Let’s Talk About Predestination

The Parable of the Good Shepherd Separating the Sheep from the Goats

If you would allow me, I’d like to try something a little different today.

Instead of “pontificating” about a subject that’s been rolling around in my head, I want to hear from you about something.

I want to talk about election.

Not presidential elections.

Biblical election. You know, the election that determines who gets to go to heaven and who gets to go to hell.

If you’re not familiar with the doctrine of election, or predestination, let me briefly fill you in before explaining what sparked my interest, and then sharing with you the questions I have about it.

The doctrine of election essentially states that because God is sovereign and controls all things, God therefore determines who goes to heaven and who goes to hell. Now, there are nuanced versions of this that would try to argue that God only decides who goes to heaven, but suggesting that that decision doesn’t necesserarliy also determine who goes to hell by virtue of not being chosen for heaven is absolutely and unequivocally nonsense. If God determines everything and there are only two options in this scenario, then by choosing people for one option God necessarily chooses people for the other option.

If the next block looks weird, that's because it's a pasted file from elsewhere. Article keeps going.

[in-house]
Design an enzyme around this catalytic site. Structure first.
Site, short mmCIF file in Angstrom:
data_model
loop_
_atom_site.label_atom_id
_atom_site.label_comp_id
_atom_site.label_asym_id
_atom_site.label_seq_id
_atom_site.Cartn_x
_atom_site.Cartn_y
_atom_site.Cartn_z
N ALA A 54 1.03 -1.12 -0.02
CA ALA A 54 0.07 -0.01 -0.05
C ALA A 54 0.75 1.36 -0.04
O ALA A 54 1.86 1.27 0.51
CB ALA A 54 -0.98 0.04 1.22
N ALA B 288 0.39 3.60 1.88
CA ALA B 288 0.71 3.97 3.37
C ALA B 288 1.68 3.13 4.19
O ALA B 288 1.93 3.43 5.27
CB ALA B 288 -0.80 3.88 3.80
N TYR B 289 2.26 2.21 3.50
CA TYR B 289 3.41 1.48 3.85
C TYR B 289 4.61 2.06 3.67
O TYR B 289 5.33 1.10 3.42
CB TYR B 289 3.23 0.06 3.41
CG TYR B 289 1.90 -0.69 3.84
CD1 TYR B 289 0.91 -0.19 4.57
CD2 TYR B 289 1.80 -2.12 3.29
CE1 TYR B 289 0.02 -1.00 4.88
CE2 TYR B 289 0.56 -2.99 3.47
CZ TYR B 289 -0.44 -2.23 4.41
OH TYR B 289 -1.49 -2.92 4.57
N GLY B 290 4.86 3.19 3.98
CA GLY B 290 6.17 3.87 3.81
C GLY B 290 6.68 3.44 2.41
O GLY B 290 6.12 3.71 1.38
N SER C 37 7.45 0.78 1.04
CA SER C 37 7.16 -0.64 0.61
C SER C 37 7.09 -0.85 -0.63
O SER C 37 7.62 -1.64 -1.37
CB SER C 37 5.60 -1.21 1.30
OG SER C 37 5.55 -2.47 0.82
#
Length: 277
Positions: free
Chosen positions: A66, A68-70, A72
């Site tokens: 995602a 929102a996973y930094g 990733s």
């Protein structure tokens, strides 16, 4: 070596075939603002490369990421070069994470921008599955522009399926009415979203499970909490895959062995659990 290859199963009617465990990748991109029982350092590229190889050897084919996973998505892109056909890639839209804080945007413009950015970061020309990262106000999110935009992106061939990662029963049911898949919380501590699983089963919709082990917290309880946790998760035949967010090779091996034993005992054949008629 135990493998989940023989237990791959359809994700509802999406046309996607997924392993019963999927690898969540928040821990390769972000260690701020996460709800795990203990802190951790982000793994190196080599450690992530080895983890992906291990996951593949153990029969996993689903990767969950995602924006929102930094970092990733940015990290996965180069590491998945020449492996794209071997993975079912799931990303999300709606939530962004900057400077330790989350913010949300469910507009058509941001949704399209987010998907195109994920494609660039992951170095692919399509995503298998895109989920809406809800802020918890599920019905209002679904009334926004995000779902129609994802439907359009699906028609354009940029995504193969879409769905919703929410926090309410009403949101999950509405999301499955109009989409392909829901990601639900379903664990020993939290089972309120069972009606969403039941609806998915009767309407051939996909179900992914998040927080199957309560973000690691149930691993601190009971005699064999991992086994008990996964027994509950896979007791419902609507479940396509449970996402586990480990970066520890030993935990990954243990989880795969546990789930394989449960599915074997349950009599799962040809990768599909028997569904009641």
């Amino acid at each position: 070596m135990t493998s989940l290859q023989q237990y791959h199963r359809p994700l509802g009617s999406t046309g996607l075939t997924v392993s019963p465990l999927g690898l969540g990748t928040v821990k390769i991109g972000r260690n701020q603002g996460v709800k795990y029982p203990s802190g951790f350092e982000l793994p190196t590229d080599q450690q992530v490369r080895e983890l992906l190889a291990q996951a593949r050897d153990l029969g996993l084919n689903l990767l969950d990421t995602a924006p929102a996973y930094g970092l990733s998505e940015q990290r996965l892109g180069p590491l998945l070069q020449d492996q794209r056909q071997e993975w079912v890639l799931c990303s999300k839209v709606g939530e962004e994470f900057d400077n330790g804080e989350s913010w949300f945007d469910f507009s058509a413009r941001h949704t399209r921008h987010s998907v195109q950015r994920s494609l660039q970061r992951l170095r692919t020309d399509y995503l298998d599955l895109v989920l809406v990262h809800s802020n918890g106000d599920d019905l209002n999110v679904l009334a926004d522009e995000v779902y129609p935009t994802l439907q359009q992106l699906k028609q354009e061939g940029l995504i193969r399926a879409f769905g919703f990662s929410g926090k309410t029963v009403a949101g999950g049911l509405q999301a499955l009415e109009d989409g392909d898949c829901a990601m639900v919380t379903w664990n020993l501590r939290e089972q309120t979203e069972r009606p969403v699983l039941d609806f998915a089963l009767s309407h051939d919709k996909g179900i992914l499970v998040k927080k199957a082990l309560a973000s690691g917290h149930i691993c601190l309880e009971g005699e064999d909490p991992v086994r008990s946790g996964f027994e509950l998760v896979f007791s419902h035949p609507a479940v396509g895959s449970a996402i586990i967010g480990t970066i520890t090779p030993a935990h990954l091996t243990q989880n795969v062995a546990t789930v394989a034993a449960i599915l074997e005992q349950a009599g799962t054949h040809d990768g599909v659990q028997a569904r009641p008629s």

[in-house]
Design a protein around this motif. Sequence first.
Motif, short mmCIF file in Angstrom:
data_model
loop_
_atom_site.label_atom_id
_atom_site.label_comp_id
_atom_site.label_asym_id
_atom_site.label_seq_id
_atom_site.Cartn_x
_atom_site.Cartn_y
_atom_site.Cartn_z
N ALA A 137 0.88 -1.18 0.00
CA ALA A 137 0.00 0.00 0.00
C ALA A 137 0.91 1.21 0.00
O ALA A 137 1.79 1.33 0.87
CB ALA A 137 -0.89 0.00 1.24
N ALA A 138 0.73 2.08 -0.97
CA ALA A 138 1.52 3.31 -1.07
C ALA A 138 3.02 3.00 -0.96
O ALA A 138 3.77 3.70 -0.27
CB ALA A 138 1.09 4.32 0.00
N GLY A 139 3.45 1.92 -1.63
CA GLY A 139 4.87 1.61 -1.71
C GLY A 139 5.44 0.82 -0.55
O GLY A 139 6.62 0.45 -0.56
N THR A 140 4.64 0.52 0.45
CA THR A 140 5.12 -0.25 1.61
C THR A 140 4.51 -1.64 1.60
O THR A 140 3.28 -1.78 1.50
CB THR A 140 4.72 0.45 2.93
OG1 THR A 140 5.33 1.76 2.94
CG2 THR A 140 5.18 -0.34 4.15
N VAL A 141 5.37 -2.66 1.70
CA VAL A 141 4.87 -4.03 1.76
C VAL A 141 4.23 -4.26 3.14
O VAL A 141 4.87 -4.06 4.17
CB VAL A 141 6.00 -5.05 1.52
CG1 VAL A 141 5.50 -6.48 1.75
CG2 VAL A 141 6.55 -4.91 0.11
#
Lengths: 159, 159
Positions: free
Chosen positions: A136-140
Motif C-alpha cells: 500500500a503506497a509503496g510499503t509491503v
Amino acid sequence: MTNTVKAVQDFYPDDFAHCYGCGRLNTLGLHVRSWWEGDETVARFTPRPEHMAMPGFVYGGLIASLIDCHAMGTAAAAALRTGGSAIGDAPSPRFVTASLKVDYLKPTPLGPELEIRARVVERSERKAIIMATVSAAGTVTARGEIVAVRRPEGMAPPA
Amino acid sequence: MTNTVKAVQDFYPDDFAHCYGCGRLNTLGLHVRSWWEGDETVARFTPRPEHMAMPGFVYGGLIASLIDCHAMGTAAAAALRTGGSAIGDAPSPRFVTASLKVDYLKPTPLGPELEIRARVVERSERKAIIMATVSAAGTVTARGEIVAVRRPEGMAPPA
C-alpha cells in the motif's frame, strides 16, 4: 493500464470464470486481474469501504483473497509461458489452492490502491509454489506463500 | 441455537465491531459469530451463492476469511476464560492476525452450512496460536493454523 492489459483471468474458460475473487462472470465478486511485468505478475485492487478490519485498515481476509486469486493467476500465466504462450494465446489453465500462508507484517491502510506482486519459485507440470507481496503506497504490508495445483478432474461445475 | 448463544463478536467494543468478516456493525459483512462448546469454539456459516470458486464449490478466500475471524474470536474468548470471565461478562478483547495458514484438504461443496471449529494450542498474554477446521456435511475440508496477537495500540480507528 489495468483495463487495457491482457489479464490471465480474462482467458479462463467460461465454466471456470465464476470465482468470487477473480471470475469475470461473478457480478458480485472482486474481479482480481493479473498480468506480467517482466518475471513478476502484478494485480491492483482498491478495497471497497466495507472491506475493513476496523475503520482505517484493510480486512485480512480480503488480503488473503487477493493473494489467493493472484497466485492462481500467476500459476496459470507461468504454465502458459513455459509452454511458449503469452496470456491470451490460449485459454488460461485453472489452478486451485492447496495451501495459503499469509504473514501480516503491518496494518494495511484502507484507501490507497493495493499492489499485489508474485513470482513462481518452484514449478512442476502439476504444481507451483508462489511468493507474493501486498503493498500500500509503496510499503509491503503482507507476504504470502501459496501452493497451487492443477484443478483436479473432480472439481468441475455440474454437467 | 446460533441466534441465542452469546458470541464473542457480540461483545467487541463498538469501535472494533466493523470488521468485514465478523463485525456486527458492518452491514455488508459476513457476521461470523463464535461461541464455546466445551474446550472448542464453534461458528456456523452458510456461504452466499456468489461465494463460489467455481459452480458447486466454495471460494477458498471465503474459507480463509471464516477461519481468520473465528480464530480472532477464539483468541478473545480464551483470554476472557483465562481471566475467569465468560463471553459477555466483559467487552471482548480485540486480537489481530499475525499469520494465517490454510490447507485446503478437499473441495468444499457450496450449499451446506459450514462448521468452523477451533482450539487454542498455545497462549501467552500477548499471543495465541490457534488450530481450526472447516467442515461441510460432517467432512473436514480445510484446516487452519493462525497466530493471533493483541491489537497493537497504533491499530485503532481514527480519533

It’s basic logic.

And that’s where my questions about election come in to play.

Yesterday a popular mega-church preacher tweeted that one of his members had recently been saved, therefore that person must have been among the elect. This raised a lot of questions in my head, questions I’m very curious to know how you would answer or reconcile if you affirm the doctrine of election.

My first questions is this: If God has already predetermined before the dawn of time who will or will not be elected, i.e. saved/chosen for heaven, then how exactly could the aforementioned preacher’s congregant “get saved?”

Now, I’m not talking about the atoning role of Jesus in salvation. What I’m referring to, and I honestly hadn’t really thought about this before, is this: If God already decided who is saved, then how could this church member choose to get saved?

In other words, how is evangelism even a possibility if God has already chosen the elect?

To me, and many others, it seems that the need to “get saved” is actually an impossibility if God has already decided who is saved because in that paradigm they are already saved and therefore couldn’t be saved in the evangelical understanding of that idea.

Which leads to my next question: If God has already chosen who will go to heaven, what is the point of evangelism and/or missionary work?

If God has already decided our eternal fate, then logically these sorts of activities are a complete and utter waste of time.

Now, I have heard the rebuttal to this that despite election, evangelism and missions should continue because the Bible, specifically Jesus, commands it.

Which leads me to another question: Why is it that Jesus’ command to “go and make disciples,” a calling which implies this is possible (and would only be possible if people could be saved), if, based on the doctrine of election, those people are already saved? In other words, why does Jesus call for evangelism and missions not give those of you who affirm election pause to question the idea that God has already decided salvation?

To me, and many others, it seems that Jesus’ call to carry the gospel to the ends of the earth is a pretty clear affirmation that the gospel is needed everywhere because everyone has the possibility of hearing and being saved.